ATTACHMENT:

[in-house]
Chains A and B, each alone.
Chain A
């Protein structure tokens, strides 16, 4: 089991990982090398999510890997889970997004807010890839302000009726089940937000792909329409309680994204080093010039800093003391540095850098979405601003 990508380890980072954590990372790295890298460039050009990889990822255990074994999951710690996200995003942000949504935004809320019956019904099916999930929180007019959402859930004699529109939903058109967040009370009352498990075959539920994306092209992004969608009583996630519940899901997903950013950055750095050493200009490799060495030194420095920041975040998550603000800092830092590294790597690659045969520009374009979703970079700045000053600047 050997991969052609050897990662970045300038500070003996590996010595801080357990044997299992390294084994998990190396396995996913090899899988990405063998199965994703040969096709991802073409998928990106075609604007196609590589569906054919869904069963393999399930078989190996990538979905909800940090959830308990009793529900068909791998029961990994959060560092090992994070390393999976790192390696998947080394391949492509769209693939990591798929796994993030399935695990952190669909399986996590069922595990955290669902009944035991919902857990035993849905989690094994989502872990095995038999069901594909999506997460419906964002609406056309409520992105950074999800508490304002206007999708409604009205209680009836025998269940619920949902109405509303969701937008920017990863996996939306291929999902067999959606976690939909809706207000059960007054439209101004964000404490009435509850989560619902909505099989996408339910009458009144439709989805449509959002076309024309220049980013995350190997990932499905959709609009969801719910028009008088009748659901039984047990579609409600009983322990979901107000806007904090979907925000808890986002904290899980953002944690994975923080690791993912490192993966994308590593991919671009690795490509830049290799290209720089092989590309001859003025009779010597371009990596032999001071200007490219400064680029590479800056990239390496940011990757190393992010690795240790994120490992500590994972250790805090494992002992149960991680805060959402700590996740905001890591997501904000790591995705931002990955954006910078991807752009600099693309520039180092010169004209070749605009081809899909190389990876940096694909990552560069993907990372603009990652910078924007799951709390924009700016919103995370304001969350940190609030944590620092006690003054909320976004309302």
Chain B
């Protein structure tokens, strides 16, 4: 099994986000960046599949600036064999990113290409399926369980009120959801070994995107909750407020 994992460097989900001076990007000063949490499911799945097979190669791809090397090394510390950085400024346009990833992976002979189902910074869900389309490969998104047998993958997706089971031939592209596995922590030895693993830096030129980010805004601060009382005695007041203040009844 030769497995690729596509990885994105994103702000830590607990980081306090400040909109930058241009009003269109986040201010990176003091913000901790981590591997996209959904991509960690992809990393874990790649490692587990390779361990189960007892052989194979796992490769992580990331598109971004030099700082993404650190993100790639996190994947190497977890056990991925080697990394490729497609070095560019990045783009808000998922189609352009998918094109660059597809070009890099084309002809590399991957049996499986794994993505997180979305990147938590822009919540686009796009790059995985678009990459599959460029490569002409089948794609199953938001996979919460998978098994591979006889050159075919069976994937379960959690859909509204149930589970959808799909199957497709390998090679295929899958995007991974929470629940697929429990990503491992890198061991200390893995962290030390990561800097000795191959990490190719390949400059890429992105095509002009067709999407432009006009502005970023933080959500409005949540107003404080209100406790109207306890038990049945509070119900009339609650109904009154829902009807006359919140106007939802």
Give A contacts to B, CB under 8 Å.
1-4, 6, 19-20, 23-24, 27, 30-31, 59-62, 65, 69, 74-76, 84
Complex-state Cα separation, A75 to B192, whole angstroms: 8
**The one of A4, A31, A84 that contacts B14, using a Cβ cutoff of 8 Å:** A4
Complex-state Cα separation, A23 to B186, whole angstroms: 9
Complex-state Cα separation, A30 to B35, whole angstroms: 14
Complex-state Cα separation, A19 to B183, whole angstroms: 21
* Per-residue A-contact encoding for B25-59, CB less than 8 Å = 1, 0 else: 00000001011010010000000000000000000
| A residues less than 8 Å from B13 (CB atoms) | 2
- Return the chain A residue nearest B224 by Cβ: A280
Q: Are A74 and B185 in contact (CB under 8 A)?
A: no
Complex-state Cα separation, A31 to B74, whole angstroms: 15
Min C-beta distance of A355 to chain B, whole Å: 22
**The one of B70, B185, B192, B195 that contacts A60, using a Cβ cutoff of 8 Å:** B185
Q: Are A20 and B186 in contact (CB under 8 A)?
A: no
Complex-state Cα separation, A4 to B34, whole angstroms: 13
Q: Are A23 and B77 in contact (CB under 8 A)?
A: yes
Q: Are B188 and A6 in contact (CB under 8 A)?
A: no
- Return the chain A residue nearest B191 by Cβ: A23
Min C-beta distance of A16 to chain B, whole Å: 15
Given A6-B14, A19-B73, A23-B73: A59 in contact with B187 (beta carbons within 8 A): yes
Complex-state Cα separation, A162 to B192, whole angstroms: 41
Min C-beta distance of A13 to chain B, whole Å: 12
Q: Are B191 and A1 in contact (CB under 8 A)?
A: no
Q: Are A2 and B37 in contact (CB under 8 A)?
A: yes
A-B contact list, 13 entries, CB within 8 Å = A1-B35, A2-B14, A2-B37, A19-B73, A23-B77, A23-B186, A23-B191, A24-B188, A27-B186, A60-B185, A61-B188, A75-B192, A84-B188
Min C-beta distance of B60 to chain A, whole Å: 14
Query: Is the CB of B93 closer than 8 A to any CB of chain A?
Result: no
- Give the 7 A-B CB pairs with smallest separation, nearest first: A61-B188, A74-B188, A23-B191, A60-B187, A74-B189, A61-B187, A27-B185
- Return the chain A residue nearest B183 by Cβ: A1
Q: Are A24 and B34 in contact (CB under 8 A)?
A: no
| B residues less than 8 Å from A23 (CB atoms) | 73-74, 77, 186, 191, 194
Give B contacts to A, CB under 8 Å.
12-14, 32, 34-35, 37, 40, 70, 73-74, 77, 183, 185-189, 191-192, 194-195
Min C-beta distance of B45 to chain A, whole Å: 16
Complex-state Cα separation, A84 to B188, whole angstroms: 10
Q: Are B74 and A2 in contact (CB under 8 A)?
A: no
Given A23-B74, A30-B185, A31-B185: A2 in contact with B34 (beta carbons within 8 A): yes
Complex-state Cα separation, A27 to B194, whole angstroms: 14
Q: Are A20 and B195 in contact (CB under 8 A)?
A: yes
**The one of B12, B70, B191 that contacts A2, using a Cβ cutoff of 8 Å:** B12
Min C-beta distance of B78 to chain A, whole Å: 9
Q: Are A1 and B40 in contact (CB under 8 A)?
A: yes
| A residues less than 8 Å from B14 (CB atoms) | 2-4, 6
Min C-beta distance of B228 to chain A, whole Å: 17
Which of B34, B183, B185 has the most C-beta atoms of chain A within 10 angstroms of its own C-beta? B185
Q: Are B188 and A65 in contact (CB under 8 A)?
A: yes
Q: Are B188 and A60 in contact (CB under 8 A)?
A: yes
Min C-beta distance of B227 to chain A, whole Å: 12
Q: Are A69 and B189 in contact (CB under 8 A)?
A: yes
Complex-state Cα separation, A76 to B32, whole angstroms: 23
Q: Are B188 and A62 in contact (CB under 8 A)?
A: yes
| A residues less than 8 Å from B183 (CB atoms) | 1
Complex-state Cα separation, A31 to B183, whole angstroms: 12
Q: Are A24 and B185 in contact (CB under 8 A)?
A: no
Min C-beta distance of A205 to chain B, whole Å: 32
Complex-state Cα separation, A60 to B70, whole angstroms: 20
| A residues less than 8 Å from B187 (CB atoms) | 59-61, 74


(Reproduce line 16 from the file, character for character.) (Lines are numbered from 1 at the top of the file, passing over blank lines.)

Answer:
- Return the chain A residue nearest B224 by Cβ: A280